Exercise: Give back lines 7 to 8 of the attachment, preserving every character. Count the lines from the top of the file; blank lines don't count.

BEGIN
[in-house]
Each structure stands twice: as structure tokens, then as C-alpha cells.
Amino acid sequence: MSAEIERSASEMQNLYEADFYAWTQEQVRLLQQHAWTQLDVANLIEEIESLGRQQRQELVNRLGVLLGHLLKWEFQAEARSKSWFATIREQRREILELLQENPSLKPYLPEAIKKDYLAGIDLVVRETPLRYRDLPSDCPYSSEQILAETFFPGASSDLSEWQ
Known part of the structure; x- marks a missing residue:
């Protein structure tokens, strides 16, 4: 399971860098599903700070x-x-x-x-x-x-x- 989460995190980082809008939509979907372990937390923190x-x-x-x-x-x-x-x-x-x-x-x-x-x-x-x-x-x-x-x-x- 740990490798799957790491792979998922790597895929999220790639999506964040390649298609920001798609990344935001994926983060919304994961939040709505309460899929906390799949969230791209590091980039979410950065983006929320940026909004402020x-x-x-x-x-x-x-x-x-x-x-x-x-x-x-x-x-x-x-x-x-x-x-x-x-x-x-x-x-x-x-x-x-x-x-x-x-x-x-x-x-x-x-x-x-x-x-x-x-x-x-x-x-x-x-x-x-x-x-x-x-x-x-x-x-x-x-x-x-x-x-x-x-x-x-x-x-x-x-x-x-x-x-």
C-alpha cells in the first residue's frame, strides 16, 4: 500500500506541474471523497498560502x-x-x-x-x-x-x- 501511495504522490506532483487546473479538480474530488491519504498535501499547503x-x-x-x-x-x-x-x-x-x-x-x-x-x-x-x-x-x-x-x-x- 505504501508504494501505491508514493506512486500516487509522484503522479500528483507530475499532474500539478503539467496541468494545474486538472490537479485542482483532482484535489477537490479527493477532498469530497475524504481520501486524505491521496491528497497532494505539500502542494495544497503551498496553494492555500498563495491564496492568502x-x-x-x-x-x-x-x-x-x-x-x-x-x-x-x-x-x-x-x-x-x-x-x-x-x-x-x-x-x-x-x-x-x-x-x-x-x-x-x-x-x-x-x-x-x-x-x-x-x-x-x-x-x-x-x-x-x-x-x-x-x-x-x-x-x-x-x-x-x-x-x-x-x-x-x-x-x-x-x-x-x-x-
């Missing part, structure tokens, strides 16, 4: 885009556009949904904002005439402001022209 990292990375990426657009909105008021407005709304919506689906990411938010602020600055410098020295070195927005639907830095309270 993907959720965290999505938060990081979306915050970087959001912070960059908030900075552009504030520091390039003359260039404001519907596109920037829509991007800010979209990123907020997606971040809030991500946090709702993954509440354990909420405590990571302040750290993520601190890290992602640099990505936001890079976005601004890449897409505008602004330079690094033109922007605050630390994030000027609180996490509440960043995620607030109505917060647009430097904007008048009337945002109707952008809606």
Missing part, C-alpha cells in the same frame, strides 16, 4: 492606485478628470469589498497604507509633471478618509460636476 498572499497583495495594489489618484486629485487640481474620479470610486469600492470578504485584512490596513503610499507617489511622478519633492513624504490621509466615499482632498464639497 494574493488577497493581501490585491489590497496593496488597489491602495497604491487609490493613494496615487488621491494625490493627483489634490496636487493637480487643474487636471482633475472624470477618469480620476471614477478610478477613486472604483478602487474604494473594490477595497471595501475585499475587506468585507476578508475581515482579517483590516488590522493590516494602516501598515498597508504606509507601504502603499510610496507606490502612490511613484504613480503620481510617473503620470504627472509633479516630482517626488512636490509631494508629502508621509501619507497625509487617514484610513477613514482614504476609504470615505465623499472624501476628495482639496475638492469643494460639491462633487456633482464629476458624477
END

């Missing part, structure tokens, strides 16, 4: 885009556009949904904002005439402001022209 990292990375990426657009909105008021407005709304919506689906990411938010602020600055410098020295070195927005639907830095309270 993907959720965290999505938060990081979306915050970087959001912070960059908030900075552009504030520091390039003359260039404001519907596109920037829509991007800010979209990123907020997606971040809030991500946090709702993954509440354990909420405590990571302040750290993520601190890290992602640099990505936001890079976005601004890449897409505008602004330079690094033109922007605050630390994030000027609180996490509440960043995620607030109505917060647009430097904007008048009337945002109707952008809606």
Missing part, C-alpha cells in the same frame, strides 16, 4: 492606485478628470469589498497604507509633471478618509460636476 498572499497583495495594489489618484486629485487640481474620479470610486469600492470578504485584512490596513503610499507617489511622478519633492513624504490621509466615499482632498464639497 494574493488577497493581501490585491489590497496593496488597489491602495497604491487609490493613494496615487488621491494625490493627483489634490496636487493637480487643474487636471482633475472624470477618469480620476471614477478610478477613486472604483478602487474604494473594490477595497471595501475585499475587506468585507476578508475581515482579517483590516488590522493590516494602516501598515498597508504606509507601504502603499510610496507606490502612490511613484504613480503620481510617473503620470504627472509633479516630482517626488512636490509631494508629502508621509501619507497625509487617514484610513477613514482614504476609504470615505465623499472624501476628495482639496475638492469643494460639491462633487456633482464629476458624477